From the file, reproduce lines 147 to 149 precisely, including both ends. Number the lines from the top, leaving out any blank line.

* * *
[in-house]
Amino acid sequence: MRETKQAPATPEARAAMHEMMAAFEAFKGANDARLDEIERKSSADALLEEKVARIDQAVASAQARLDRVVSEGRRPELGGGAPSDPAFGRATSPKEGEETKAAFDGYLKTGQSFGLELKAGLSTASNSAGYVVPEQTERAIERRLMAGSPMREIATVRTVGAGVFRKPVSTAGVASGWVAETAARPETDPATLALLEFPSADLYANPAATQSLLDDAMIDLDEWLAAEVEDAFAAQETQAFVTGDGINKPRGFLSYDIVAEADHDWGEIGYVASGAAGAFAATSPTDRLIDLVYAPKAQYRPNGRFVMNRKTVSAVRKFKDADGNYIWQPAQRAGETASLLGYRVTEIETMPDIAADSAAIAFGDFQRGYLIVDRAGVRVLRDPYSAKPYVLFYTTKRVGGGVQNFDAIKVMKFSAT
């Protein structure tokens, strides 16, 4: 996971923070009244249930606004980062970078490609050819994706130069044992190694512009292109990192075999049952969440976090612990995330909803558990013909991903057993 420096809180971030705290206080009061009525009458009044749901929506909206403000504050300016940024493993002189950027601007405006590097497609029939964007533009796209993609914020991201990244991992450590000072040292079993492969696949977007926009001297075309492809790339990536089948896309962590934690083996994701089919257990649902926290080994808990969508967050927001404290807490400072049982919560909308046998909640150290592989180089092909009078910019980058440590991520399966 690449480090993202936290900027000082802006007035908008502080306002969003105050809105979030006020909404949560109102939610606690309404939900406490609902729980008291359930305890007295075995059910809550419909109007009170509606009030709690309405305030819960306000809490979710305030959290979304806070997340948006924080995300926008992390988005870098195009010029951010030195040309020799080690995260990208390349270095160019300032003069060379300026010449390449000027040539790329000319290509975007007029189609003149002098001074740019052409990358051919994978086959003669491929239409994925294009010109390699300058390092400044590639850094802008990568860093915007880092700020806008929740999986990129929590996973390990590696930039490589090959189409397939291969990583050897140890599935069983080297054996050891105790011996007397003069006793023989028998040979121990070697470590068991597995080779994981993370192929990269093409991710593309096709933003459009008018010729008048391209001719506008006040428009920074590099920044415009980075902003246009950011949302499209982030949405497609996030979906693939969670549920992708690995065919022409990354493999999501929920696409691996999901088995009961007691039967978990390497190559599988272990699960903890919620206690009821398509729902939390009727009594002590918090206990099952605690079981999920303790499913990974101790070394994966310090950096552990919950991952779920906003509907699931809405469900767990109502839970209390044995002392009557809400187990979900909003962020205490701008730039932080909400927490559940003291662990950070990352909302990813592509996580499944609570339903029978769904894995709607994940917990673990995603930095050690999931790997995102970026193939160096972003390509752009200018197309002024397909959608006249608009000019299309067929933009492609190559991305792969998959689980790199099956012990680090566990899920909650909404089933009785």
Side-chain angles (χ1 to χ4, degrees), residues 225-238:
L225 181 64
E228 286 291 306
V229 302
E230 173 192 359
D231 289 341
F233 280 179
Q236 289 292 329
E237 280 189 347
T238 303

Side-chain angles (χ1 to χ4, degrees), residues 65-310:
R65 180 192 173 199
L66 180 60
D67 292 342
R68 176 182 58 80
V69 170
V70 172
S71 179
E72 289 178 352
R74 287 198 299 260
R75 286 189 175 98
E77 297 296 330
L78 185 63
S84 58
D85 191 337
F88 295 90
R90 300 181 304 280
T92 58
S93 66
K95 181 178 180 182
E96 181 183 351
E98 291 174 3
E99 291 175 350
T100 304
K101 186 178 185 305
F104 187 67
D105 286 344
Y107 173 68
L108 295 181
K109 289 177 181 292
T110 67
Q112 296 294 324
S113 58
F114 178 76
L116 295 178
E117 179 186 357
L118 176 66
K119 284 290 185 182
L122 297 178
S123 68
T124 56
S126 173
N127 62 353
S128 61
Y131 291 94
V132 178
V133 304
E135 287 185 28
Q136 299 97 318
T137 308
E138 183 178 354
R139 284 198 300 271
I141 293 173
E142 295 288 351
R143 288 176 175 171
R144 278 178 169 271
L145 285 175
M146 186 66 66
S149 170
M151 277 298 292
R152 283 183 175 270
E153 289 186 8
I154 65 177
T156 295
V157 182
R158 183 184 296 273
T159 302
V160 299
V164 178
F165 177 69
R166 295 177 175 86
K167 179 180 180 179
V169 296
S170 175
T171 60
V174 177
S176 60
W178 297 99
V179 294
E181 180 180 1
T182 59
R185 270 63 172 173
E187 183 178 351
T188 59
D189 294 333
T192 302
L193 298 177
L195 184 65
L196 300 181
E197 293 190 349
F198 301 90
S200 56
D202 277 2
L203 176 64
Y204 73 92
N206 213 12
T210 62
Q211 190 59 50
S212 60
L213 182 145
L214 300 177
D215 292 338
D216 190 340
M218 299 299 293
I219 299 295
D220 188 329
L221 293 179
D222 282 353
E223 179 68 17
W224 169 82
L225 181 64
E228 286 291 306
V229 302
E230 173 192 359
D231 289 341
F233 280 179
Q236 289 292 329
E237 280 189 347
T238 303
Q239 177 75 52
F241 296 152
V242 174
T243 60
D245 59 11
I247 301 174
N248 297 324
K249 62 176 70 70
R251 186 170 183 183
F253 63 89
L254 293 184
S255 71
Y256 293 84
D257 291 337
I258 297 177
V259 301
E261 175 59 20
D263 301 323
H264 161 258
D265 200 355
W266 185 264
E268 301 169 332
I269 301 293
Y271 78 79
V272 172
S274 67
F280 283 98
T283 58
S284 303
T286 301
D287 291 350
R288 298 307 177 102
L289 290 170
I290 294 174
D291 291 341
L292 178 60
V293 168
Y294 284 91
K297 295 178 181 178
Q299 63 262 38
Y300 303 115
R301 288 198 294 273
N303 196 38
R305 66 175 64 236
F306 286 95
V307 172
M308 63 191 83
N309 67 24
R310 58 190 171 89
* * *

I258 297 177
V259 301
E261 175 59 20